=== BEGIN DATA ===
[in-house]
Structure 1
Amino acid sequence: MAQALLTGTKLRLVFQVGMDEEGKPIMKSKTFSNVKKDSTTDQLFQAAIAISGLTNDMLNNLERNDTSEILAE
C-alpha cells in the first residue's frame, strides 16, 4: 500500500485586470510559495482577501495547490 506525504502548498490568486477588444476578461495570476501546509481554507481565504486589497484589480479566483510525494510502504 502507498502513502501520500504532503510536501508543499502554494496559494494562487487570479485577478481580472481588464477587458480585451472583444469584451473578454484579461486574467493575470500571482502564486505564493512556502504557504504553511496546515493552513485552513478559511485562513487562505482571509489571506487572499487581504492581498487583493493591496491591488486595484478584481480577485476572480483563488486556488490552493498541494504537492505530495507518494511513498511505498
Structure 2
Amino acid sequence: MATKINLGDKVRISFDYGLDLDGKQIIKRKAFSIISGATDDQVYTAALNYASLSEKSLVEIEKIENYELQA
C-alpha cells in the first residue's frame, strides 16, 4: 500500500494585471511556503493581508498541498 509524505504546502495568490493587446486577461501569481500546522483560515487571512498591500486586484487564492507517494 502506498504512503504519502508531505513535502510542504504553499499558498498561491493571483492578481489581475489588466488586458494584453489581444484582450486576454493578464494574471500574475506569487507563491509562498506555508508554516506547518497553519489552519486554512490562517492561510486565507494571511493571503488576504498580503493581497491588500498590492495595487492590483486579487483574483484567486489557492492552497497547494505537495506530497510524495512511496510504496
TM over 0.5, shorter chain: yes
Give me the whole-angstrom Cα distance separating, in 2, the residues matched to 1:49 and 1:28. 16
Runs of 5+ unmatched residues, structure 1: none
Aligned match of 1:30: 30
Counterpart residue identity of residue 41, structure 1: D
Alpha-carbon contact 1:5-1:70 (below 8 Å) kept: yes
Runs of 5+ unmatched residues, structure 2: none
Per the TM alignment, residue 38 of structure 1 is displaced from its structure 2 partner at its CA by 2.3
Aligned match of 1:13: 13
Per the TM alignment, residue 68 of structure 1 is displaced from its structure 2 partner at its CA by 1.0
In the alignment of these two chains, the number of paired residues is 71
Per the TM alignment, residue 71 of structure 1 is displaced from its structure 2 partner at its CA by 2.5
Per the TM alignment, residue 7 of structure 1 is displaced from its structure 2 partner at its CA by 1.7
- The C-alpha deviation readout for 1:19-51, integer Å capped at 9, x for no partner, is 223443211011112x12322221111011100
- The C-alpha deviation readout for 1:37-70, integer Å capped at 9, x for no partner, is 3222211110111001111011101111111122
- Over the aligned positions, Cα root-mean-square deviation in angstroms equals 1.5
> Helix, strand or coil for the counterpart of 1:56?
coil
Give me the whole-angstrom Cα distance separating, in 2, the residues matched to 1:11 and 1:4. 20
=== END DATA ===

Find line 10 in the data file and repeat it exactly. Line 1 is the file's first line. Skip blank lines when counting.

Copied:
Runs of 5+ unmatched residues, structure 1: none